Ferry marshalling manners
British Columbian drivers are, in general, very polite. A visitor from Colombia once remarked to me that if they had the lane merging system we have on the Lions Gate Bridge, there would be several accidents each day as drivers competed with each other to get into the limited number of lanes!
Even so, our current system of ferry marshalling can be a puzzle to most residents, let alone visitors. But there are a few simple rules, backed up by municipal bylaws, that enable us to load our cars on to the ferry in an orderly fashion.
At Horseshoe Bay, the system is simple: one merely drives to the left or right of the column of pillars that divide the Bowen loading lanes, depending on one’s final destination on Bowen – do you intend to turn left after arriving on Bowen or turn right or go straight ahead up the hill? Drivers should close up, leaving no gaps. All that is necessary is to remember to wake up when the line starts to move – most of us have seen exasperated drivers, stuck behind a sleeping driver, trying to wake them up so that the cars can load.
On Bowen it becomes more complicated. We depend on everyone playing fair: we do not have BC Ferries staff to marshal cars. But again the process is straight forward.
Drivers must park in the ferry marshalling lane starting at the control lights by the ferry ramp, without leaving any spaces, except for the yellow cross-hatched areas. Arriving early, and parking your car by your favourite coffee shop, leaving spaces in front of you is not good manners (and is likely in contravention of Bowen bylaw #133, in that while you eventually intend to go on the ferry, you are actually parking in the ferry lane for some other purpose, and thus could get a ticket).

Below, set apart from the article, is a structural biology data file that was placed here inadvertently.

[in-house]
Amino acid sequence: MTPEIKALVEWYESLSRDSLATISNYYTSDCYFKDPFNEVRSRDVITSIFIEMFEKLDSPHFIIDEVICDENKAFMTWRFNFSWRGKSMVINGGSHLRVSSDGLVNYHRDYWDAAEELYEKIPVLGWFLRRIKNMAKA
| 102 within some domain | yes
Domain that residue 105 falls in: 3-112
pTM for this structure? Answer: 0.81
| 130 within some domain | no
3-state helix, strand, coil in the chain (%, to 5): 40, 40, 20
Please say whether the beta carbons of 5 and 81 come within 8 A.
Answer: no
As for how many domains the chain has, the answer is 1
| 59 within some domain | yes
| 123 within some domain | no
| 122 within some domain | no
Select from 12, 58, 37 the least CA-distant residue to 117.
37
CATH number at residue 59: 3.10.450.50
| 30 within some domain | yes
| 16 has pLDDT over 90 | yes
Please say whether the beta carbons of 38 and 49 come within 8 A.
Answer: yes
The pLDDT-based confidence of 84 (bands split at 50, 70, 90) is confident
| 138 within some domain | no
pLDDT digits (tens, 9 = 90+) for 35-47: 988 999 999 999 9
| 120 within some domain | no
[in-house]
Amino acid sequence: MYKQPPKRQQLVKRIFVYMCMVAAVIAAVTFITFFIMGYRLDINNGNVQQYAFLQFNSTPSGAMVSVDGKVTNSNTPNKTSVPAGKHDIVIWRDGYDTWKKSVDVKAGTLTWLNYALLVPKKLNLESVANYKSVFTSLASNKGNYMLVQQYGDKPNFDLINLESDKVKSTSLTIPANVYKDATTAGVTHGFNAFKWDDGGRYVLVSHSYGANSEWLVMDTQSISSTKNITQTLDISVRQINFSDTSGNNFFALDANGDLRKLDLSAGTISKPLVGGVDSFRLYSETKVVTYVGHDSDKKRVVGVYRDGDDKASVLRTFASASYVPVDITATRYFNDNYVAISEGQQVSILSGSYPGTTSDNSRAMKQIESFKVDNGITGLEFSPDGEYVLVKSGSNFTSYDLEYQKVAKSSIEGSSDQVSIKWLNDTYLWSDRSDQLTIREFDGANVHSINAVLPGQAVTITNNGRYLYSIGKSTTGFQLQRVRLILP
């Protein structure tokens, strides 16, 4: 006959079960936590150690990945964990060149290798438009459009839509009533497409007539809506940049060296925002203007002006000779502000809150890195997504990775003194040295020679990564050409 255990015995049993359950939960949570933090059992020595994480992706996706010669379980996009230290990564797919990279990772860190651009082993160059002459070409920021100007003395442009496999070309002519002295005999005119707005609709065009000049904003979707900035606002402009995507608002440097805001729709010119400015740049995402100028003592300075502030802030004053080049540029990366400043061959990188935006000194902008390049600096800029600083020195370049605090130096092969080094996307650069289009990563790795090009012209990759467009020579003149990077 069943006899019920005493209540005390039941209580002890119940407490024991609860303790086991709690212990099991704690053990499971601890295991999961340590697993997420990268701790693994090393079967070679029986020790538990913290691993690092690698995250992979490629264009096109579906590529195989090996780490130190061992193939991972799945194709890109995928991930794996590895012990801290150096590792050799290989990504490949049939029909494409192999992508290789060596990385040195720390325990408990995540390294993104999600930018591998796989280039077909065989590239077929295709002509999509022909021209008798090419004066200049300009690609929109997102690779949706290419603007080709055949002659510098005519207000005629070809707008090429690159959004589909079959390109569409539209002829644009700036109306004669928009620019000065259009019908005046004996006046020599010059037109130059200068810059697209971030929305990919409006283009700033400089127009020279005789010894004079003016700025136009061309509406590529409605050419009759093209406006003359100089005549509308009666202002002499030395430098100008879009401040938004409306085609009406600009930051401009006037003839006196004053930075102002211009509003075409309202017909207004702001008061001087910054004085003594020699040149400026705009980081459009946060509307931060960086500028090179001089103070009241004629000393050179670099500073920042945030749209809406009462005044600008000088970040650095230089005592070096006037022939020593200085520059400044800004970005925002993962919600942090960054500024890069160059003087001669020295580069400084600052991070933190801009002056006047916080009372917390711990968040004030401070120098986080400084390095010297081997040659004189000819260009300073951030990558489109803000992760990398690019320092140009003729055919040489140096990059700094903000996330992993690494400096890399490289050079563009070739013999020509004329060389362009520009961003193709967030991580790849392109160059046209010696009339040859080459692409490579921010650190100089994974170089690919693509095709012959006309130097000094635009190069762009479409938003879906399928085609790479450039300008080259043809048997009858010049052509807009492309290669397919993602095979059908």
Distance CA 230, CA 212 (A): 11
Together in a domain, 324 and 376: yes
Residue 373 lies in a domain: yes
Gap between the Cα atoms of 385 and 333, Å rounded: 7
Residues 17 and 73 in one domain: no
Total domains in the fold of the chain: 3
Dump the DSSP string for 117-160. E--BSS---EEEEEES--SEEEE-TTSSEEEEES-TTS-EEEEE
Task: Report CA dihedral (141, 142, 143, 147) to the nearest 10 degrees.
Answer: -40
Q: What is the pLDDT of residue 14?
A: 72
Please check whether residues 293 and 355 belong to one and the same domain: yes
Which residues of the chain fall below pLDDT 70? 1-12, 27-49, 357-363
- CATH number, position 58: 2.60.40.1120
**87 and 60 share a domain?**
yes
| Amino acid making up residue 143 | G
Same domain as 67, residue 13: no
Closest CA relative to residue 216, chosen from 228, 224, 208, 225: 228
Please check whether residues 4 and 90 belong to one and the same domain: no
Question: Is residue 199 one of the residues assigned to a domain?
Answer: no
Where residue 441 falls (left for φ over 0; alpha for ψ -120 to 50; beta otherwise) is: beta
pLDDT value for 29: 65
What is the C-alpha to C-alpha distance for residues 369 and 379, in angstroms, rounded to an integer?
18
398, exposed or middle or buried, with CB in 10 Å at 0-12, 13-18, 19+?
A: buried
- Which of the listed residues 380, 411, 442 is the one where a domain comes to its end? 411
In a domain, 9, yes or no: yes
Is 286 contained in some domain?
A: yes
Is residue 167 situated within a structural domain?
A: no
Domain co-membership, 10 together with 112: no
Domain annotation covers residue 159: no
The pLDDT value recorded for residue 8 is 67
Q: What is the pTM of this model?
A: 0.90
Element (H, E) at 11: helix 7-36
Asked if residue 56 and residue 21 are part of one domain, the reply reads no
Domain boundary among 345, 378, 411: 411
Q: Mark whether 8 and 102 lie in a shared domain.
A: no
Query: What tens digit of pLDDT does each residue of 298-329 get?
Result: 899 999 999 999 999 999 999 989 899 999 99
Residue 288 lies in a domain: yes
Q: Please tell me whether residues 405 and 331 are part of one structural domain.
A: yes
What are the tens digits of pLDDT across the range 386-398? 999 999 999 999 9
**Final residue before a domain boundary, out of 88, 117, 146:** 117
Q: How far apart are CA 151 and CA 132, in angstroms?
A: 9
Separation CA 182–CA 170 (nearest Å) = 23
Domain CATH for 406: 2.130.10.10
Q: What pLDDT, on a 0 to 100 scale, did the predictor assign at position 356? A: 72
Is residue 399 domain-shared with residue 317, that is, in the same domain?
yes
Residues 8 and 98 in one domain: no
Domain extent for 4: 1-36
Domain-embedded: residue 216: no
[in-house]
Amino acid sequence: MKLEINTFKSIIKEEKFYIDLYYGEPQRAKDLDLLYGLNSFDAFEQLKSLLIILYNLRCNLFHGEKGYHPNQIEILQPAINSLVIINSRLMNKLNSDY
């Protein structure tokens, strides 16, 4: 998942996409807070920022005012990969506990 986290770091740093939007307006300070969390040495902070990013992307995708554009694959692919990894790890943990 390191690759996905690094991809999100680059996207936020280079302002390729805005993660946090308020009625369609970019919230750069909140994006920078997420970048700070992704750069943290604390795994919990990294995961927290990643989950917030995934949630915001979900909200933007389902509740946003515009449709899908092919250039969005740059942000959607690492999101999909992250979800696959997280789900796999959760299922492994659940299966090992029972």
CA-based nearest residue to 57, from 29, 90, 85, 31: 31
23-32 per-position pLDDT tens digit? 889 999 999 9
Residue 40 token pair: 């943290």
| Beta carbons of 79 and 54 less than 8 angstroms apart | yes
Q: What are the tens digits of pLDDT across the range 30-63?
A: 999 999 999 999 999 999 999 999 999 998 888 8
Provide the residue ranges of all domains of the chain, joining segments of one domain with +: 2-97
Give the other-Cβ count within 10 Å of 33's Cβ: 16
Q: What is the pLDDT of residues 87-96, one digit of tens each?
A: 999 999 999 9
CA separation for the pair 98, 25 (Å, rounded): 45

There have always been problems with people jumping the ferry queue. In a small, tightly knit community this is unacceptable. Jumping the queue can mean that someone else, who arrived before you but took their place at the back of line, will not get on. Violators have been known to suffer the (verbal) consequences from other, more caring residents. Driving towards the head of the line to fill up empty spaces is a common occurrence, but can easily lead to misunderstandings. In any case, fitting a vehicle into a space without blocking a cross-hatched area, a driveway or other accesses from the street, is frequently open to criticism. Some people will argue that a bona fide ferry user should be allowed to fill up an empty space, if you can see the ferry dock, and can see that there are spaces. Since we do not have a clear bylaw on the subject, this is frequently done, but carries with it the very high probability for misunderstanding by others in the lineup.
At the top of the hill, the single marshalling lane becomes two lanes. Drivers are expected to merge, first from one lane and then the other (just as on the Lions Gate Bridge). There is a sign at the top of the hill that indicates whether or not you are likely to be overloaded. After that point, it is simply a matter of luck and how many unfilled spaces there are in front of you whether or not you will get on. If people have left gaps in front to go to their favourite coffee spots, the line will be longer than it should be and people who are waiting behind the sign may be caused unnecessary anxiety about whether they will get on the ferry.
Inevitably there will be overloads. If you get caught in such a situation, grin and bear it. Drive as far forward in the marshalling lane (remembering to move off any yellow hatch marks) as you can, but not beyond the control lights and park. Go back into the village, get a coffee and relax, or better still, leave your car behind and go as a walk-on passenger. This is after all Bowen Island and the slower lifestyle is, after all, why you moved here!
Chair, Bowen Island Municipality Ferry Advisory Committee